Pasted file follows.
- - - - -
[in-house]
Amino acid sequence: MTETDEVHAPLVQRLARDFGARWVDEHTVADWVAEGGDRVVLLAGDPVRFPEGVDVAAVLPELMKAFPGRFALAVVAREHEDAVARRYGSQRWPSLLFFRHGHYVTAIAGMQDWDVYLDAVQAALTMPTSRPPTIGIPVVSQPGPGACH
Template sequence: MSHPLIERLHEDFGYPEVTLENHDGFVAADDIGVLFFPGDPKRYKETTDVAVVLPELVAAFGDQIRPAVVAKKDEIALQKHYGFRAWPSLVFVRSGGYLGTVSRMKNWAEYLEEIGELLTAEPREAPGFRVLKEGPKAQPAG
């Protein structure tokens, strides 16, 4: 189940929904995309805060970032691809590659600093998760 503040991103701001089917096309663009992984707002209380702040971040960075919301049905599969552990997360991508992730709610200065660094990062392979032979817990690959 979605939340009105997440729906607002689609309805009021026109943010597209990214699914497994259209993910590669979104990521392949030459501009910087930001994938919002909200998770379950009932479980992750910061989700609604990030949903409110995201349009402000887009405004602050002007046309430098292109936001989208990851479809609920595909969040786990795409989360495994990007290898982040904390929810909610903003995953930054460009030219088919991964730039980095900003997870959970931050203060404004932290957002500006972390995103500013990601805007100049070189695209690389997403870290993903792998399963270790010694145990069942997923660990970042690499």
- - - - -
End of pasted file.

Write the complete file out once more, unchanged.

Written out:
[in-house]
Amino acid sequence: MTETDEVHAPLVQRLARDFGARWVDEHTVADWVAEGGDRVVLLAGDPVRFPEGVDVAAVLPELMKAFPGRFALAVVAREHEDAVARRYGSQRWPSLLFFRHGHYVTAIAGMQDWDVYLDAVQAALTMPTSRPPTIGIPVVSQPGPGACH
Template sequence: MSHPLIERLHEDFGYPEVTLENHDGFVAADDIGVLFFPGDPKRYKETTDVAVVLPELVAAFGDQIRPAVVAKKDEIALQKHYGFRAWPSLVFVRSGGYLGTVSRMKNWAEYLEEIGELLTAEPREAPGFRVLKEGPKAQPAG
């Protein structure tokens, strides 16, 4: 189940929904995309805060970032691809590659600093998760 503040991103701001089917096309663009992984707002209380702040971040960075919301049905599969552990997360991508992730709610200065660094990062392979032979817990690959 979605939340009105997440729906607002689609309805009021026109943010597209990214699914497994259209993910590669979104990521392949030459501009910087930001994938919002909200998770379950009932479980992750910061989700609604990030949903409110995201349009402000887009405004602050002007046309430098292109936001989208990851479809609920595909969040786990795409989360495994990007290898982040904390929810909610903003995953930054460009030219088919991964730039980095900003997870959970931050203060404004932290957002500006972390995103500013990601805007100049070189695209690389997403870290993903792998399963270790010694145990069942997923660990970042690499």